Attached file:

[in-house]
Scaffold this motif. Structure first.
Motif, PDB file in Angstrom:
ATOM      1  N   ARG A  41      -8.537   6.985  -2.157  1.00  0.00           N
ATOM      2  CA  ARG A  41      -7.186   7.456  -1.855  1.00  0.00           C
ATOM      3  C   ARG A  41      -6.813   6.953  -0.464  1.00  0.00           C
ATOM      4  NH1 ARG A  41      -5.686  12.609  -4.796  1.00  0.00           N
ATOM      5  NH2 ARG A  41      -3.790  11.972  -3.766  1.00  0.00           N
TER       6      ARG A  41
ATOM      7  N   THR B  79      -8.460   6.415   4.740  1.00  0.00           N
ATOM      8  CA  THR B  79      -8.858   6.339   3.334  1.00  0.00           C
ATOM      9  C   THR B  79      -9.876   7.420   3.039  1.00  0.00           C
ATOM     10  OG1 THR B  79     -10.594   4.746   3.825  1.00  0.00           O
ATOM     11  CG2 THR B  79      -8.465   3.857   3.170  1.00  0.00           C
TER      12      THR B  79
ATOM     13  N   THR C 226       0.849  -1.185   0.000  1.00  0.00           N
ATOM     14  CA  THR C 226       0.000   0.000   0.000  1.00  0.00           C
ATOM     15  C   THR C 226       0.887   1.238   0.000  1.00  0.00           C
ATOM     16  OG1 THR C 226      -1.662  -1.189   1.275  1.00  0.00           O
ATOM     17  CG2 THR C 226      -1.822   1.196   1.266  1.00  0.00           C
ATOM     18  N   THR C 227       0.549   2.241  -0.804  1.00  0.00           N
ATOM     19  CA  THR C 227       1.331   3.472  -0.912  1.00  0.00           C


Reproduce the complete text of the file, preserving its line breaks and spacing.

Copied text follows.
[in-house]
Scaffold this motif. Structure first.
Motif, PDB file in Angstrom:
ATOM      1  N   ARG A  41      -8.537   6.985  -2.157  1.00  0.00           N
ATOM      2  CA  ARG A  41      -7.186   7.456  -1.855  1.00  0.00           C
ATOM      3  C   ARG A  41      -6.813   6.953  -0.464  1.00  0.00           C
ATOM      4  NH1 ARG A  41      -5.686  12.609  -4.796  1.00  0.00           N
ATOM      5  NH2 ARG A  41      -3.790  11.972  -3.766  1.00  0.00           N
TER       6      ARG A  41
ATOM      7  N   THR B  79      -8.460   6.415   4.740  1.00  0.00           N
ATOM      8  CA  THR B  79      -8.858   6.339   3.334  1.00  0.00           C
ATOM      9  C   THR B  79      -9.876   7.420   3.039  1.00  0.00           C
ATOM     10  OG1 THR B  79     -10.594   4.746   3.825  1.00  0.00           O
ATOM     11  CG2 THR B  79      -8.465   3.857   3.170  1.00  0.00           C
TER      12      THR B  79
ATOM     13  N   THR C 226       0.849  -1.185   0.000  1.00  0.00           N
ATOM     14  CA  THR C 226       0.000   0.000   0.000  1.00  0.00           C
ATOM     15  C   THR C 226       0.887   1.238   0.000  1.00  0.00           C
ATOM     16  OG1 THR C 226      -1.662  -1.189   1.275  1.00  0.00           O
ATOM     17  CG2 THR C 226      -1.822   1.196   1.266  1.00  0.00           C
ATOM     18  N   THR C 227       0.549   2.241  -0.804  1.00  0.00           N
ATOM     19  CA  THR C 227       1.331   3.472  -0.912  1.00  0.00           C